A watchdog group that defends academic freedom has now weighed in on the case of a Brooklyn College professor who was fired after complaints from a local politician about his pro-Palestinian views.
The Foundation for Individual Rights in Education (FIRE) sent off a letter today to the president of Brooklyn College about the case of Kristofer Petersen-Overton, who was fired after he was appointed to teach a course on Middle East politics but before the class had actually started. I detailed the firing, which Brooklyn College maintains was a matter of credentials, here.
FIRE, whose mission is to "defend and sustain individual rights at America's colleges and universities," frames the issue as one of academic freedom:
Please understand that FIRE defends free speech, academic freedom, and due process for all students and faculty members because we understand that the U.S. Constitution’s guarantee of freedom of speech is more than simply a legal doctrine—it represents the belief that open discourse is critical to democratic society and that the merits of ideas are best decided in a free marketplace of expression rather than by government officials. History has decisively and repeatedly demonstrated that attempts by public officials to regulate or punish opinions are fraught with far greater peril than even the most offensive words.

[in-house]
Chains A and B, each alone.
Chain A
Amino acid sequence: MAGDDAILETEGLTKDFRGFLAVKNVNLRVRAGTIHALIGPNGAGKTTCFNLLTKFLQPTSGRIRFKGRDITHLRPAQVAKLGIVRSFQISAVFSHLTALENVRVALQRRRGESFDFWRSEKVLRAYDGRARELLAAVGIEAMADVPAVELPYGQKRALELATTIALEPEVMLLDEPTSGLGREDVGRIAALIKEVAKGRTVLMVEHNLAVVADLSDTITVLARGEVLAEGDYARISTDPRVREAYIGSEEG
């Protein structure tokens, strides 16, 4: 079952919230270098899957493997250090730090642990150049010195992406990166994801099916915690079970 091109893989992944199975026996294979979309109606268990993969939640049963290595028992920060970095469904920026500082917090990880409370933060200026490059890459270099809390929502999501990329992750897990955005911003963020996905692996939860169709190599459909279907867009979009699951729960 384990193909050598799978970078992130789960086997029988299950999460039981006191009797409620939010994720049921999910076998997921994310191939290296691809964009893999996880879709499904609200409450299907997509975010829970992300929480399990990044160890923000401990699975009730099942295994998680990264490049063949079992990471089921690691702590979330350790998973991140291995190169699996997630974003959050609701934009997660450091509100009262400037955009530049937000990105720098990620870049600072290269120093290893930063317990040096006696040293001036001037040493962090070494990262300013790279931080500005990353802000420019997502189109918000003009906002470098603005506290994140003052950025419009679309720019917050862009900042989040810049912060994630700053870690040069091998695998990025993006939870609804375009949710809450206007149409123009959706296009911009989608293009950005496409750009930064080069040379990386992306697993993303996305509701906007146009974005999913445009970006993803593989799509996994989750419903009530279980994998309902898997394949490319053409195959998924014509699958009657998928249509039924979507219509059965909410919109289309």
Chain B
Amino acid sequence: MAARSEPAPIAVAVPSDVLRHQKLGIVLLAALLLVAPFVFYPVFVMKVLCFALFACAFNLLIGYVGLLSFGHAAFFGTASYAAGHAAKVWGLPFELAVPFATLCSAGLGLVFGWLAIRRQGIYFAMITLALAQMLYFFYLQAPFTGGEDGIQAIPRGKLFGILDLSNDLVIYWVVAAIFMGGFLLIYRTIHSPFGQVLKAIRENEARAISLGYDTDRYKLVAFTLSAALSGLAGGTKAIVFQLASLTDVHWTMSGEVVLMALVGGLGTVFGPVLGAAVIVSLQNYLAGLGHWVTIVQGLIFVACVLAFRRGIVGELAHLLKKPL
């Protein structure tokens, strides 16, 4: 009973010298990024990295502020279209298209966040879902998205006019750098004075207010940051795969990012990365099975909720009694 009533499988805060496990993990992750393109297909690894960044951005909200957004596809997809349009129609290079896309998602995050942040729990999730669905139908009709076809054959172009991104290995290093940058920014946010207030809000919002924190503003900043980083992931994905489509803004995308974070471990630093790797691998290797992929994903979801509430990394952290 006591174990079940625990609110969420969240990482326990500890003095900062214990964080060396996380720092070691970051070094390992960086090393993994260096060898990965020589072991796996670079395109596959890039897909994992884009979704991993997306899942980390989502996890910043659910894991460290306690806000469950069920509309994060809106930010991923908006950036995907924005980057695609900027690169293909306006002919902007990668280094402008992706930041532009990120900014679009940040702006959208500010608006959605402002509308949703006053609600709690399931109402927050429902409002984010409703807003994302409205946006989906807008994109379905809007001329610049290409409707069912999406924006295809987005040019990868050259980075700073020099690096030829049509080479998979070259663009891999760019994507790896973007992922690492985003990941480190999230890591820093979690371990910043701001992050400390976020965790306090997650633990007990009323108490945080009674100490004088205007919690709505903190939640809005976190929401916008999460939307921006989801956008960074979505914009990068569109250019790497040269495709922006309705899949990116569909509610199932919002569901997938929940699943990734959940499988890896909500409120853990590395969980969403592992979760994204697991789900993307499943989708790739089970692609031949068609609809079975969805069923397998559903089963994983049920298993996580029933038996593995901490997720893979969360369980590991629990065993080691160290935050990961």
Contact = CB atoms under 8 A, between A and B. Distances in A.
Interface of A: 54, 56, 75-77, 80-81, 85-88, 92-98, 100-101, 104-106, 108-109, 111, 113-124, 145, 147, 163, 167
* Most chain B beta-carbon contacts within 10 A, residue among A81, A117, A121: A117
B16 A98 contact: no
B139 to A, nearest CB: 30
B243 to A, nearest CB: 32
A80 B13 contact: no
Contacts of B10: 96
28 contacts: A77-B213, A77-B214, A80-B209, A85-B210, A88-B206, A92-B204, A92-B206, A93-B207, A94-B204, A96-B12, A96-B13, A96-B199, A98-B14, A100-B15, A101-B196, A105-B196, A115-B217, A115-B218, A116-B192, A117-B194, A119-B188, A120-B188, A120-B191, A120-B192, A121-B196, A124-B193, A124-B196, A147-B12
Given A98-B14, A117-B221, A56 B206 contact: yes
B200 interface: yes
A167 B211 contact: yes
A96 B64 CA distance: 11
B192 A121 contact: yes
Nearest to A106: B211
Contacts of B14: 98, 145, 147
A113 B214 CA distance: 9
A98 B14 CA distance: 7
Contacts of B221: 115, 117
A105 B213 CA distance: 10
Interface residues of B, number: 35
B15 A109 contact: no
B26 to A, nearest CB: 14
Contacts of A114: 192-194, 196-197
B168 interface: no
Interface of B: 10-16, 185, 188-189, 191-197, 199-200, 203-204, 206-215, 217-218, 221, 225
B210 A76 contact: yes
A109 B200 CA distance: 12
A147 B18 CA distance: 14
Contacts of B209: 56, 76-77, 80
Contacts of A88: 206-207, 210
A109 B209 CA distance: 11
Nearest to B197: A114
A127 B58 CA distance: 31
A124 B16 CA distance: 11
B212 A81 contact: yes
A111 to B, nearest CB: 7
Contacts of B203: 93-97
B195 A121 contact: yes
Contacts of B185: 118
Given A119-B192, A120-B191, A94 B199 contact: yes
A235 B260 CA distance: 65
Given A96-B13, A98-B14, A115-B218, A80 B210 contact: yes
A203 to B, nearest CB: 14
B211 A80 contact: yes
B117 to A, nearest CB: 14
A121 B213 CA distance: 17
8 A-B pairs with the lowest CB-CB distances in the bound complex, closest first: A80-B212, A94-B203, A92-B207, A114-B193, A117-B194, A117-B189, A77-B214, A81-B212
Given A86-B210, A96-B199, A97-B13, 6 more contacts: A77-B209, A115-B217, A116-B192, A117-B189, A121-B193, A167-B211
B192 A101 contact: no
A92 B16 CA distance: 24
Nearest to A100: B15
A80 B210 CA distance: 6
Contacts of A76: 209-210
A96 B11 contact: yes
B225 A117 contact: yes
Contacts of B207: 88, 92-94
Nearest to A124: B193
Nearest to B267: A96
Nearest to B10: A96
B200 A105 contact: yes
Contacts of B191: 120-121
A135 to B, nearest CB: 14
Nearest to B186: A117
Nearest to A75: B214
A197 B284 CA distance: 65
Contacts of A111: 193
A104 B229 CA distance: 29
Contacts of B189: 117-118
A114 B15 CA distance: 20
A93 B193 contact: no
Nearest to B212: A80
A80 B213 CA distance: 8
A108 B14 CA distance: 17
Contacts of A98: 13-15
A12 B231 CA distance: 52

As you know, BC is a public institution and thus is both legally and morally bound by the First Amendment’s guarantees of freedom of expression and academic freedom. The Supreme Court has held that academic freedom is a “special concern of the First Amendment” and that “[o]ur nation is deeply committed to safeguarding academic freedom, which is of transcendent value to all of us and not merely to teachers concerned.”
The letter asks the college to provide a response if the facts as they have been reported are wrong.
Here is the full letter: